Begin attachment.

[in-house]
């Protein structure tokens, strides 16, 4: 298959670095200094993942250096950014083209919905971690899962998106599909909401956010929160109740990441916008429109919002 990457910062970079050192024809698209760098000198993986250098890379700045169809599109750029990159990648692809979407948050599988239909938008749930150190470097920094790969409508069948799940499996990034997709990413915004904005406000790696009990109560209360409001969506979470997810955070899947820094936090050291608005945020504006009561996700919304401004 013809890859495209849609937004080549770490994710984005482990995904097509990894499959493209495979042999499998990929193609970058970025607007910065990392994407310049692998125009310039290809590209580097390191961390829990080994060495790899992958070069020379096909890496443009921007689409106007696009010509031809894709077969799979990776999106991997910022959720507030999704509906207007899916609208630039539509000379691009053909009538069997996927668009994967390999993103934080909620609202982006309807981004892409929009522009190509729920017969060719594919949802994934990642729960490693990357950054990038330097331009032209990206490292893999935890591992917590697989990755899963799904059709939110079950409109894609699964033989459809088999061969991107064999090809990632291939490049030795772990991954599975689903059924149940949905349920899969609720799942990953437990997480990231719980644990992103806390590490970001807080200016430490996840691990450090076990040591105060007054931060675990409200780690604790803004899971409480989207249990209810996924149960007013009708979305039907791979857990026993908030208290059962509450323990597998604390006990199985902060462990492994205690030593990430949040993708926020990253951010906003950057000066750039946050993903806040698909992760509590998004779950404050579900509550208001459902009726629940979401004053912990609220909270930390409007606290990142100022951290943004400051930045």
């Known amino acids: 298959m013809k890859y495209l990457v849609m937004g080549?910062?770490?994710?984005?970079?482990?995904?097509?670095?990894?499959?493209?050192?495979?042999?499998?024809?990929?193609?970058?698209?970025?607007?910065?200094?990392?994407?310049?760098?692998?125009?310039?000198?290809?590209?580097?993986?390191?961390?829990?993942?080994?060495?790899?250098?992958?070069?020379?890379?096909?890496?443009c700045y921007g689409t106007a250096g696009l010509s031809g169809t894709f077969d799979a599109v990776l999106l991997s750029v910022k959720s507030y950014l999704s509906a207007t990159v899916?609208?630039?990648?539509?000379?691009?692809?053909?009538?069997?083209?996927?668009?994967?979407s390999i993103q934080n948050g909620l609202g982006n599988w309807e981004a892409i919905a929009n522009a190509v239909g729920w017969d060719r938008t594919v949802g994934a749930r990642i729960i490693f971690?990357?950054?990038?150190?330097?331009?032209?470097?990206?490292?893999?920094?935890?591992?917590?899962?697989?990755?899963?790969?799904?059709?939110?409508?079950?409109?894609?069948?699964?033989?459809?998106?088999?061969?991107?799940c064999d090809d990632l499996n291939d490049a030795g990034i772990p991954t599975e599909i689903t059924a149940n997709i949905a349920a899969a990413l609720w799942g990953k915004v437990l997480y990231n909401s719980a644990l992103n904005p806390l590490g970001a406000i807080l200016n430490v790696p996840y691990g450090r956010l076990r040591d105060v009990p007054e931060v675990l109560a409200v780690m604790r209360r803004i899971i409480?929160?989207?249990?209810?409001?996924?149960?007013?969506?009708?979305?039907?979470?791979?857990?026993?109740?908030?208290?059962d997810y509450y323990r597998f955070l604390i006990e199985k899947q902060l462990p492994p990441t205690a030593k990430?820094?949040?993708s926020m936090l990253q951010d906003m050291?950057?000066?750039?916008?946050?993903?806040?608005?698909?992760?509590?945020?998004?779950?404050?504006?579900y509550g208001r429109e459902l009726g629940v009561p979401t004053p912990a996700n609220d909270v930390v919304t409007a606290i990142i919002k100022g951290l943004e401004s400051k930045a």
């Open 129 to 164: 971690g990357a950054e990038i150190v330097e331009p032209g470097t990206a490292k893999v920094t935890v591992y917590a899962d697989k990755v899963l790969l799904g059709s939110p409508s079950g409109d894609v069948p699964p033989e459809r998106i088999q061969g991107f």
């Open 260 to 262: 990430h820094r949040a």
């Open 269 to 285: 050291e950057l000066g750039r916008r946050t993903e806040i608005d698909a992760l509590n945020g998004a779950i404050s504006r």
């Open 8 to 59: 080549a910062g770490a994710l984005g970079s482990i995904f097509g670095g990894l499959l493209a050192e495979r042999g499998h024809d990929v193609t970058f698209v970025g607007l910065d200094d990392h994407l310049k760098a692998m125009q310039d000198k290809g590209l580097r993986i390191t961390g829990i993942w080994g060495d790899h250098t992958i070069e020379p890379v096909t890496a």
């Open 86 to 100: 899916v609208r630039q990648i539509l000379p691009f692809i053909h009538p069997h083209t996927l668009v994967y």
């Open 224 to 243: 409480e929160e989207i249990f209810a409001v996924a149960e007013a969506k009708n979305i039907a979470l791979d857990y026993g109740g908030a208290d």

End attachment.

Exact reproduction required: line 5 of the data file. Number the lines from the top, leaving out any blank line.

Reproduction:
């Open 260 to 262: 990430h820094r949040a």